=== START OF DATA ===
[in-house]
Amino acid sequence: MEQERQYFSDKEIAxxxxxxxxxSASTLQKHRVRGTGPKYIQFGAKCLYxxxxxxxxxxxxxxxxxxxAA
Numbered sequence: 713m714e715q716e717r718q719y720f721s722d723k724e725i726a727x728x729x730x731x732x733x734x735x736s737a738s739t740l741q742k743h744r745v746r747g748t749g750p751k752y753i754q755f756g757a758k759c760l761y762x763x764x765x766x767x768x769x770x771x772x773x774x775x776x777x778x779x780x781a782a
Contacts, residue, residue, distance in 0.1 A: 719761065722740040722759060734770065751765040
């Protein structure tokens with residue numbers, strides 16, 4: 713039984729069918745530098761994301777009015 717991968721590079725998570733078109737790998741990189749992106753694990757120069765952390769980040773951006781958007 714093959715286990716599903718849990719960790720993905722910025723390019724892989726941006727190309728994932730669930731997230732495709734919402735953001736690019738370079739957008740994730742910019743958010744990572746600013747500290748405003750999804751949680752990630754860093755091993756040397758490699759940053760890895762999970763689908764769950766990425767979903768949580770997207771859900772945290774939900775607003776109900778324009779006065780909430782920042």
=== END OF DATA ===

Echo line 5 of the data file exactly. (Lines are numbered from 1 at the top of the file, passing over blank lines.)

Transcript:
């Protein structure tokens with residue numbers, strides 16, 4: 713039984729069918745530098761994301777009015 717991968721590079725998570733078109737790998741990189749992106753694990757120069765952390769980040773951006781958007 714093959715286990716599903718849990719960790720993905722910025723390019724892989726941006727190309728994932730669930731997230732495709734919402735953001736690019738370079739957008740994730742910019743958010744990572746600013747500290748405003750999804751949680752990630754860093755091993756040397758490699759940053760890895762999970763689908764769950766990425767979903768949580770997207771859900772945290774939900775607003776109900778324009779006065780909430782920042």